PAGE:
Working Toward a World of Brotherhood
From the writings of Martin Luther King, Jr.
(Quoted by Parthens in the September 2014 Love is the Liberator)
When my home was bombed in 1955 in Montgomery, many men wanted to retaliate, to place an armed guard on my home. But the issue there was not my life, but whether Negroes would achieve first-class treatment on the city’s buses. Had we become distracted by the question of my safety we would have lost the moral offensive and sunk to the level of our oppressors.
… [T]he nonviolent approach does not immediately change the heart of the oppressor. It first does something to the hearts and souls of those committed to it. It gives them new self-respect; it calls up resources of strength and courage that they did not know they had. Finally, it reaches the opponent and so stirs his conscience that reconciliation becomes a reality.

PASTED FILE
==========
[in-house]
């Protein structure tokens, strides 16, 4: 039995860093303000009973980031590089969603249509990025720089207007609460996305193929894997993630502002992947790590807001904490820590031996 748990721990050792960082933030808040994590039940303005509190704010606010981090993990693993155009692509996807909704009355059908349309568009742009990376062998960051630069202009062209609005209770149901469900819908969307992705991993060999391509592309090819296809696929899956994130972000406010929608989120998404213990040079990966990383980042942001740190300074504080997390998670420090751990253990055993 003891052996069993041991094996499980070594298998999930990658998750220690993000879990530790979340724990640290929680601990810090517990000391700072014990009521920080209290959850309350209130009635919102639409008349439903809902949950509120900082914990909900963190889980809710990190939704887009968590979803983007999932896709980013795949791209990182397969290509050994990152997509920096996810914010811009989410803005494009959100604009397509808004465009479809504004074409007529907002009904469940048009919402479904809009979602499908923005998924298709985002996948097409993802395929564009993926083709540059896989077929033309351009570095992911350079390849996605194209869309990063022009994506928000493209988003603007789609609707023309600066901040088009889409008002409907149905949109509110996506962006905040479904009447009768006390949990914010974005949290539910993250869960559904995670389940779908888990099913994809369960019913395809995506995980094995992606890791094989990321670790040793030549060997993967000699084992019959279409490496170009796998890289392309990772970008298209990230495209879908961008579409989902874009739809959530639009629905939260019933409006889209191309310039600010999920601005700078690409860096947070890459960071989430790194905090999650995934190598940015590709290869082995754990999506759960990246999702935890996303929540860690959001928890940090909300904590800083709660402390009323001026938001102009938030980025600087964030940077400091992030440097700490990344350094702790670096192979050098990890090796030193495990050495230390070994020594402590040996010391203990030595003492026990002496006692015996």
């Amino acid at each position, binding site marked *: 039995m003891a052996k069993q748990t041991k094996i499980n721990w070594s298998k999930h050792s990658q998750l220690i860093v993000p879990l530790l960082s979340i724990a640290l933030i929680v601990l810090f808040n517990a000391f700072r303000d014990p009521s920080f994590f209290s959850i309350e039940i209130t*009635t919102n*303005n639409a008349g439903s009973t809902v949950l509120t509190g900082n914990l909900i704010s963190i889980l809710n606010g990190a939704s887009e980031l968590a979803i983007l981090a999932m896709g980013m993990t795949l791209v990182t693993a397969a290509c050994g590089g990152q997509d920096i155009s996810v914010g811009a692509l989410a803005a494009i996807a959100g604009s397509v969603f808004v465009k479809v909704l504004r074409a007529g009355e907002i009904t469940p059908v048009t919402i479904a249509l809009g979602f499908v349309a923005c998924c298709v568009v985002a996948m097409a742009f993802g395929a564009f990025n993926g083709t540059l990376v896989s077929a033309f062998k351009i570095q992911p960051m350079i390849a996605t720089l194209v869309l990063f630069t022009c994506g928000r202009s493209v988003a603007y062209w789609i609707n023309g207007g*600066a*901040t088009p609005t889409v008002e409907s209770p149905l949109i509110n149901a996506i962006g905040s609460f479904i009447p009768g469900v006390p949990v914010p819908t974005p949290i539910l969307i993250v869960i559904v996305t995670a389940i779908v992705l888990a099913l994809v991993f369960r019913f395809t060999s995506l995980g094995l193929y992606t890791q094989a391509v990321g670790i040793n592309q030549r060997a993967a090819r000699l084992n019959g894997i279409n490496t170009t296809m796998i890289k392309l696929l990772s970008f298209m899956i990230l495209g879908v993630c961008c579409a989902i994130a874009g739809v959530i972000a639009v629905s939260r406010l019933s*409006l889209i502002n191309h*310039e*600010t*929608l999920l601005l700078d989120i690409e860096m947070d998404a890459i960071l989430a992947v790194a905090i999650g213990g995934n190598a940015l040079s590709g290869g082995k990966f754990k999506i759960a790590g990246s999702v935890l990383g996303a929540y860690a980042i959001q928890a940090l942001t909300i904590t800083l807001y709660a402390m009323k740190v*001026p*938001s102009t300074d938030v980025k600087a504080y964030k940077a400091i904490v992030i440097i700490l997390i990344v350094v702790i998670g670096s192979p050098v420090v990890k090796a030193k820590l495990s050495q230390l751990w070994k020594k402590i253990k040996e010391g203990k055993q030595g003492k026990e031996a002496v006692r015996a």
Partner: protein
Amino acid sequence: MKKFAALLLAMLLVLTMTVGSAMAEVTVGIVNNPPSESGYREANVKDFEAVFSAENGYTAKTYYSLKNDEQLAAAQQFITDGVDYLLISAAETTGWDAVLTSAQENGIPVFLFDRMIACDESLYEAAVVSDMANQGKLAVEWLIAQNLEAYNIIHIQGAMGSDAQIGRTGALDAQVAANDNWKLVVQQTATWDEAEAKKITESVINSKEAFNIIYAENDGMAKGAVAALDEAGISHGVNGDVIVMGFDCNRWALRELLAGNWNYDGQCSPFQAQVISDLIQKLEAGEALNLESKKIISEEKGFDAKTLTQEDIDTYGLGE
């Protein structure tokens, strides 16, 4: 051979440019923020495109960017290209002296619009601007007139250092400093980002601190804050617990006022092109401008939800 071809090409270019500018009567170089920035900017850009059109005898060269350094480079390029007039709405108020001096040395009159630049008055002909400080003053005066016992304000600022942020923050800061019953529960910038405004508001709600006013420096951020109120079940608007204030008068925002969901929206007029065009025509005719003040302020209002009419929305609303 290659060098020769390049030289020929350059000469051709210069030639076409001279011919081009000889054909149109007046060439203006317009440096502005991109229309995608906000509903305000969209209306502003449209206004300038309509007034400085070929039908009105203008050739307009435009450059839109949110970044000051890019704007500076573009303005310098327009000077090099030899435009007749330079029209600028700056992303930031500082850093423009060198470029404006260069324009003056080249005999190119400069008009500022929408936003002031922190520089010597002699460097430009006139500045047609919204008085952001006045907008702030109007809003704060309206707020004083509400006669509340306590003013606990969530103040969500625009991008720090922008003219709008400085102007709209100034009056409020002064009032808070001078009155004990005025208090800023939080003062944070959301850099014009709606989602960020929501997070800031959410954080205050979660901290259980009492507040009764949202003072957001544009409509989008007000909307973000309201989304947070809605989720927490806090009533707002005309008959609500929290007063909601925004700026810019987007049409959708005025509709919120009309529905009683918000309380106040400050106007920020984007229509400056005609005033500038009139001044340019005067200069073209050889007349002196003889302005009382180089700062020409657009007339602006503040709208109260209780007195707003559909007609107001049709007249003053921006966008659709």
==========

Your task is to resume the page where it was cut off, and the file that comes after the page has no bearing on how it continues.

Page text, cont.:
… There is no easy way to create a world where men and women can live together, where each has his own job and house and where all children receive as much education as their minds can absorb. But if such a world is created in our lifetime, it will be done in the United States by Negroes and white people of good will. It will be accomplished by persons who have the courage to put an end to suffering by willingly suffering themselves rather than inflict suffering upon others. It will be done by rejecting the racism, materialism and violence that has characterized Western civilization and especially by working toward a world of brotherhood, cooperation and peace.